Quelques conseils de bons sens pour les responsables IE/veille stratégique
The best CI people are the ones with the most filters or perhaps the most diverse filters, the most perseverance, the most imagination. You need skeptical curiosity about a lot of things.
If you have 100 people in your company and each spends 1% of their time on collecting the right CI, you suddenly have an extra FTE – that is collaboration. And, everyone of those people brings a different perspective to things, a different network, a different life experience.
The longer service folks in your industry have more stories (knowledge of history) and filters than you might realize.
This is also one reason why you often get better results if you keep people in CI roles longer…the learning is cumulative. It’s not a project, it’s a process.
Customer will prefer your sales person every time because they are better informed.
Retour d’expérience de Mark Asher, CI manager d’Adobe.
The first of those is primarily to keep our management team aware of competitive developments across all of Adobes business thrusts and interests, as well as providing them with thoughtful implications and recommendations about how to react to those events as they occur.
The other part of our charter is to provide forward-looking information about competitive events that havent occurred yet, in terms of predicting what those might be and the probability that they will occur. We work with the various senior leaders across the company to try to understand how the potential for those events might impact their planning about where they are taking their businesses.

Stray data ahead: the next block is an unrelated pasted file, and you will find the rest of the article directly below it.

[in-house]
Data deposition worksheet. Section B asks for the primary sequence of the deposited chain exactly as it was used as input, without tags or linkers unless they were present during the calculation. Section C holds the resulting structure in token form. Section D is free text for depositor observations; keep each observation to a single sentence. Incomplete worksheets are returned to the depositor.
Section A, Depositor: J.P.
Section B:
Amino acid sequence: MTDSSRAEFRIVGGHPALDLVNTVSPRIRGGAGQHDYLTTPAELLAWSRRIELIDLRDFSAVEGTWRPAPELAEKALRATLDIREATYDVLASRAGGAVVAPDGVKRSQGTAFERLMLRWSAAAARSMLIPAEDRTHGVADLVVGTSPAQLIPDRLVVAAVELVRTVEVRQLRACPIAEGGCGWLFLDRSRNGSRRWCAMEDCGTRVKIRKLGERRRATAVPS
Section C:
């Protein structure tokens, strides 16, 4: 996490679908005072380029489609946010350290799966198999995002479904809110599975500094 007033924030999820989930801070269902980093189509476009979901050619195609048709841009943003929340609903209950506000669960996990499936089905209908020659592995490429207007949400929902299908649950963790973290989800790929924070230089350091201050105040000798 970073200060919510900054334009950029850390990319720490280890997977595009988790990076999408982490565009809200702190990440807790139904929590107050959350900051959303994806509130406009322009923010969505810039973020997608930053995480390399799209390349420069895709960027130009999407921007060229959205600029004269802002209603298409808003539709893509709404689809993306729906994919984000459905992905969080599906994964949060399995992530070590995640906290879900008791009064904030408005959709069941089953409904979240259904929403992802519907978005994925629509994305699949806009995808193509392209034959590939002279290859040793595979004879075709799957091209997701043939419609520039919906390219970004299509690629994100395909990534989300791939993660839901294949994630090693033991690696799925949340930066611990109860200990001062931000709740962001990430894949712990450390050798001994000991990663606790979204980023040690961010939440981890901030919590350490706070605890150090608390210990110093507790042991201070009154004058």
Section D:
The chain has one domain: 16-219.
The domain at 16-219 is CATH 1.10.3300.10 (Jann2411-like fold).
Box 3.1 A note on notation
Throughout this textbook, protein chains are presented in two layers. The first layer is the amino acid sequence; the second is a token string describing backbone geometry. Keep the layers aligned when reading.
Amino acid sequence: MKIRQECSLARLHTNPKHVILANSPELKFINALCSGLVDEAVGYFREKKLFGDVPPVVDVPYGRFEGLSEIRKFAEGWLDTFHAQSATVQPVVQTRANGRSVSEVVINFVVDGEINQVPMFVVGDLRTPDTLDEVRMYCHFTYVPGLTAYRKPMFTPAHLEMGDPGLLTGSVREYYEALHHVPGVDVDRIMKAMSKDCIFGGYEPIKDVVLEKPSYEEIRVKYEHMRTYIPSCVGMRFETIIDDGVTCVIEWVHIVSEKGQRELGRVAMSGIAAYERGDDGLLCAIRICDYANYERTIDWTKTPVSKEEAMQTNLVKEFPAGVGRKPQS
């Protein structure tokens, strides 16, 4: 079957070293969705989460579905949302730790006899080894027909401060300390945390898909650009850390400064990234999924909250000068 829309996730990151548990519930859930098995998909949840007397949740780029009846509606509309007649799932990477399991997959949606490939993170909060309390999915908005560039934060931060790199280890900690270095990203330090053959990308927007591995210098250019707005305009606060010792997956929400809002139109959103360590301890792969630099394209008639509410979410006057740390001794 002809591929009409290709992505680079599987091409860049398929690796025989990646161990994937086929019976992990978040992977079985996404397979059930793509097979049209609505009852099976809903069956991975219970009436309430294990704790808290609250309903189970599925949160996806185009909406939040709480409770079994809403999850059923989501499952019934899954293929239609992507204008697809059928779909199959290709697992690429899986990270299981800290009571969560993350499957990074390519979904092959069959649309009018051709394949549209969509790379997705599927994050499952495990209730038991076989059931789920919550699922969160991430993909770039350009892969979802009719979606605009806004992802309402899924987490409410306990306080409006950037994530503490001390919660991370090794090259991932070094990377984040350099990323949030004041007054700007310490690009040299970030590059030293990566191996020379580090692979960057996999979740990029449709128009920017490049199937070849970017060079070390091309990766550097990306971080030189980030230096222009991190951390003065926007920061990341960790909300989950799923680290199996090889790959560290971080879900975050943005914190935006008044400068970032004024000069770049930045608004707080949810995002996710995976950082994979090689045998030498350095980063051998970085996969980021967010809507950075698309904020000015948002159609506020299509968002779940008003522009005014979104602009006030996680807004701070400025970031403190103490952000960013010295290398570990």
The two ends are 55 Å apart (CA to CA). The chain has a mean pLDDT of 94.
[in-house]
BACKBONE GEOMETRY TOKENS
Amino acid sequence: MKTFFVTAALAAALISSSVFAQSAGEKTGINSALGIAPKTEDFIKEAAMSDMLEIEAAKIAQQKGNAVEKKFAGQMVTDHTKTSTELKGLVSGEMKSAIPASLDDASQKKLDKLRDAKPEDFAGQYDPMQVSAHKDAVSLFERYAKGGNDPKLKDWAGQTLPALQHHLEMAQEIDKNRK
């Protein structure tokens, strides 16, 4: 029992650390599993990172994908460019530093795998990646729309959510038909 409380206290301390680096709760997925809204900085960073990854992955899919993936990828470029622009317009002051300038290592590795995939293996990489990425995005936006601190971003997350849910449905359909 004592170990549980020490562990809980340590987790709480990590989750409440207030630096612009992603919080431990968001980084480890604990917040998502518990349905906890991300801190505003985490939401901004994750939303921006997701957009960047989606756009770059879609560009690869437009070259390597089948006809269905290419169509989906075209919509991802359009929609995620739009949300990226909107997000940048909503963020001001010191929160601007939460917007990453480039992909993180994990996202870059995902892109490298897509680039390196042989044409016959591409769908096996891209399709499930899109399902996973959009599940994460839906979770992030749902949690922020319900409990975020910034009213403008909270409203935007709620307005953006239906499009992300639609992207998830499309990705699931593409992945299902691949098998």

That interaction can be very structured and take the form of scenario planning or gaming. At other times, it will be very unstructured, but in either case, the ultimate goal is to come up with playbooks of tactics that we can put in place ahead of these events occurring so that we can just pull triggers in order to effectively blunt or reflect the impact of those events.
Competitor X has the potential to release an Application Y, and what would that look like? Or the potential to acquire Company B. What would the landscape look like if that were to occur and how should we react?
Having CI as part of corporate development creates a more strategic imperative for the work that we provide, and that was really the premise that led us to create this role in corporate development. The management team desires a high-level perspective about competitive activity.
Its not the kind of role that people graduate from school and go into.
Their day job is not competitive intelligence, obviously, and trying to influence their thinking as we drive toward a response plan is very similar to the role I played as a consultant.
We decided to take a scenario-planning approach to the problem, to come up with a continuum of scenarios between the extremes of it having no impact on Adobe as a whole to having a significant impact on our ability to generate revenue in the future. Within that framework, we determined that by bringing together the right stakeholders, we could put together a series of contingent response plans.
The last part was to set up an early-warning-signal radar mesh, if you will, to identify precursors to these events, and to monitor them. The thought was that as we saw momentum building, we could adjust both our scenarios and our responses
From those efforts a number of tactical response plans were developed and deployed as the warning signals came to pass. This is today an ongoing effort, and that monitoring system has proved extremely valuable because it has streamlined our response time and helped us to blunt the impact of the competitive activity being tracked.
Youve got to have really clear, well defined scenarios first of all. You cant just say, Company X is going acquire Company Y, or Product A is going to come out in 2009. It needs to be much more detailed than that, and it also needs to have buy-in among all the stakeholders.